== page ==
Contract farming activities by TNCs are spread worldwide, covering over 110 developing and transition economies, spanning a wide range of commodities and, in some cases, accounting for a high share of output.

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Developed-country TNCs are dominant in the upstream and downstream ends of the agribusiness value chain

Developed-country TNCs are dominant in the upstream (suppliers) and downstream (processors, retailers, traders) ends of the agribusiness value chain. In agricultural production, FDI from the South (including South-South flows) is equally significant as FDI from the North.

 

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TNC participation in agriculture in the form of FDI and contract farming may result in the transfer of technology, standards and skills

TNC participation in agriculture in the form of FDI and contract farming may result in the transfer of technology, standards and skills, as well as better access to credit and markets. All of these could improve the productivity of the industry – including the farming of staple foods – and the economy as a whole. Moreover, TNCs’ contribution to food security is not just about food supply; it also includes enhanced food safety and affordability. These depend on the right policies for host countries to maximize benefits and minimize the costs of TNC participation.

 

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Governments should formulate an integrated strategic policy and regulatory framework for TNC activities in agricultural production

Governments should formulate an integrated strategic policy and regulatory framework for TNC activities in agricultural production. This should include vital policy areas such as infrastructure development, competition, trade and trade facilitation, and R&D. It is equally important to address social and environmental concerns regarding TNC involvement.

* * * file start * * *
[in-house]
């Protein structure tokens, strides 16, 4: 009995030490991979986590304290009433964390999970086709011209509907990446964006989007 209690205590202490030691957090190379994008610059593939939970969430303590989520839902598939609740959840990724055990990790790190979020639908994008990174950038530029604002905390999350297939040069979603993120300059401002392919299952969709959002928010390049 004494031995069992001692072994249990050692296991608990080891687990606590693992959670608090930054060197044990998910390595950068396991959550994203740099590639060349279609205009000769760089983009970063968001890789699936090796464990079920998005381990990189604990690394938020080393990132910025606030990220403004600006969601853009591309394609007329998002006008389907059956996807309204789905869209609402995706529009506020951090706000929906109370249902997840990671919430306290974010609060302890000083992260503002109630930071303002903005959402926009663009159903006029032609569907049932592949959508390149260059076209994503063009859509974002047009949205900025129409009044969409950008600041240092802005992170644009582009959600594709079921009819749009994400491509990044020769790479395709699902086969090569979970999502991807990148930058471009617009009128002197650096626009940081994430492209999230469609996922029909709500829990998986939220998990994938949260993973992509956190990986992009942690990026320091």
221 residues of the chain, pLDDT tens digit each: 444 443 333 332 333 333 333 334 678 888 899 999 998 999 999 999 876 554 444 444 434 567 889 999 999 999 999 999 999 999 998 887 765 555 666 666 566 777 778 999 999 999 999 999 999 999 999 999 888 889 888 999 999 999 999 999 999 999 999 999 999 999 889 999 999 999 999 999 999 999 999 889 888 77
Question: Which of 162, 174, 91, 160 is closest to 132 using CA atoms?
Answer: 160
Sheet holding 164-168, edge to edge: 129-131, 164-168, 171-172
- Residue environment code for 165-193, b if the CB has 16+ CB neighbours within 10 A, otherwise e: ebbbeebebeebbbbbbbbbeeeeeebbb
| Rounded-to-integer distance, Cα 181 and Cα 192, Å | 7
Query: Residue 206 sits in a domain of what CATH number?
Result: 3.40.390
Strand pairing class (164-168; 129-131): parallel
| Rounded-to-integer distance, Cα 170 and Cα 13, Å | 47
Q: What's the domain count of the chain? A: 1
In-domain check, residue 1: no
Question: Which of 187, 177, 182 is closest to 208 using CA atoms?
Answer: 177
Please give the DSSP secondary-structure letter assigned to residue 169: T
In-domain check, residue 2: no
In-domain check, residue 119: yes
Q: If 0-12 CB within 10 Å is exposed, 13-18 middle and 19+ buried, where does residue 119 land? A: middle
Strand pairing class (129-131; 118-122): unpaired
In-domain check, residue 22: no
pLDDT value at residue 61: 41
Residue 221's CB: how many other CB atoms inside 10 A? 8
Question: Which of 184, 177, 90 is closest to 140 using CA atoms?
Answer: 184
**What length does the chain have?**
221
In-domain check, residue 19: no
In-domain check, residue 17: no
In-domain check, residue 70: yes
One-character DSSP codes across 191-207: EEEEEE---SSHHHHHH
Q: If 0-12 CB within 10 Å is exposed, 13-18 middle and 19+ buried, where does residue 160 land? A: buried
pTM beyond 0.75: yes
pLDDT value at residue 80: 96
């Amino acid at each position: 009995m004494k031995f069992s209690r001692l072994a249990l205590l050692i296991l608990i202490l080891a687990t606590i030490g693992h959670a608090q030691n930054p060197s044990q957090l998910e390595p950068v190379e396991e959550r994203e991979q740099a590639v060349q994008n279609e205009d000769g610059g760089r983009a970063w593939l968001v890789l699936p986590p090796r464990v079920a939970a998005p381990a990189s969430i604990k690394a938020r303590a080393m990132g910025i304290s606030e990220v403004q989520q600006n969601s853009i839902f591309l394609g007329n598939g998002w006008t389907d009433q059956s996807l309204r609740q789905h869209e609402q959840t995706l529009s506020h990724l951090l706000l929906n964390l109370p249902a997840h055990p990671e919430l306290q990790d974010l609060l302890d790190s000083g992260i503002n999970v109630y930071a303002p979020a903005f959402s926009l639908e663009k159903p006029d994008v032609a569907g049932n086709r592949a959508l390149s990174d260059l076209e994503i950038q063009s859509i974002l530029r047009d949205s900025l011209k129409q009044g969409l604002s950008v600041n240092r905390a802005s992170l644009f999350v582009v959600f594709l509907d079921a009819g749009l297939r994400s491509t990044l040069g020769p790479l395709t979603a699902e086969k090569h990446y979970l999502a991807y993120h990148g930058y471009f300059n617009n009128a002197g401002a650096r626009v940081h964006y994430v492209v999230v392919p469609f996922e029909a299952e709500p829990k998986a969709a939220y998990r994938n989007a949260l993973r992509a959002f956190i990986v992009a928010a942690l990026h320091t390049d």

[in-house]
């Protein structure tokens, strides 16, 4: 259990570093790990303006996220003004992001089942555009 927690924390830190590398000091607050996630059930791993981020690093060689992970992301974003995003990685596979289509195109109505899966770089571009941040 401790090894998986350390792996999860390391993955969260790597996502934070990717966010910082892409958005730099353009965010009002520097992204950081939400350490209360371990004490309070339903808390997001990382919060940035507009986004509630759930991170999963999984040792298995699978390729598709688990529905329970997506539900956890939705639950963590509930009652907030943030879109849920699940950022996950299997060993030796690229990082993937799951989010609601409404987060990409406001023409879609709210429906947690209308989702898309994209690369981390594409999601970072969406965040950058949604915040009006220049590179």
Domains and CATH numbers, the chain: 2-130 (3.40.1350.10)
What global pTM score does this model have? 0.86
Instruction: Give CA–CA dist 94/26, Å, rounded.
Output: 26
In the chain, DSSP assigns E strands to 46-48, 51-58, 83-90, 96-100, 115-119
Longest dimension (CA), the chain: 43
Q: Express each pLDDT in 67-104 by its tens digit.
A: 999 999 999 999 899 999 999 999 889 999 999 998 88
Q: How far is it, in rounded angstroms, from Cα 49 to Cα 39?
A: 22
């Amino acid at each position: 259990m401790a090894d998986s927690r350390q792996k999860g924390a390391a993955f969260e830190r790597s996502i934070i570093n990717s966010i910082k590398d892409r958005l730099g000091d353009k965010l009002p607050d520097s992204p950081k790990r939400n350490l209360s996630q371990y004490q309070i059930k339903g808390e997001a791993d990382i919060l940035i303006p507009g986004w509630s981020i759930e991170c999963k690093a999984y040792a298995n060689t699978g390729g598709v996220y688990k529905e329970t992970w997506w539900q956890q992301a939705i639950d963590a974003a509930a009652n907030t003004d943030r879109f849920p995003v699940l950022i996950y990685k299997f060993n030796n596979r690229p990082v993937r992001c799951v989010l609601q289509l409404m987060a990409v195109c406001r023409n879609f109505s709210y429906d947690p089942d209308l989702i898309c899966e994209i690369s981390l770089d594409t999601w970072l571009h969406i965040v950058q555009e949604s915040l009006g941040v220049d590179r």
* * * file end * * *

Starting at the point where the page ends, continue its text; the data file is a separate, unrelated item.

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Governments could also promote contract farming between TNCs and local farmers

Governments could also promote contract farming between TNCs and local farmers in the direction of enhancing farmers’ predictable income, productive capacities and benefits from global value chains. To protect the interests of farmers, governments could develop model contracts for them to use or consider when negotiating with TNCs.

 

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Home and host countries could consider output-sharing arrangements

To ensure food security in host countries as a result of exportoriented FDI in staple food production by “new investors”, home and host countries could consider output-sharing arrangements.

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In order to address the concern about “land grab”, the international community should devise a set of core principles

In order to address the concern about “land grab”, the international community should devise a set of core principles that deal with the need for transparency in large-scale land acquisitions, respect for existing land rights, the right to food, protection of indigenous peoples, and social and environmental sustainability.

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Public-private partnerships can be an effective tool for bringing a “new green revolution” to Africa

Public-private partnerships can be an effective tool for bringing a “new green revolution” to Africa. One initiative in this regard is seed and technology centres that adapt seeds and related farming technologies to local needs and conditions, distribute them to local farmers, and build long-term indigenous capacities.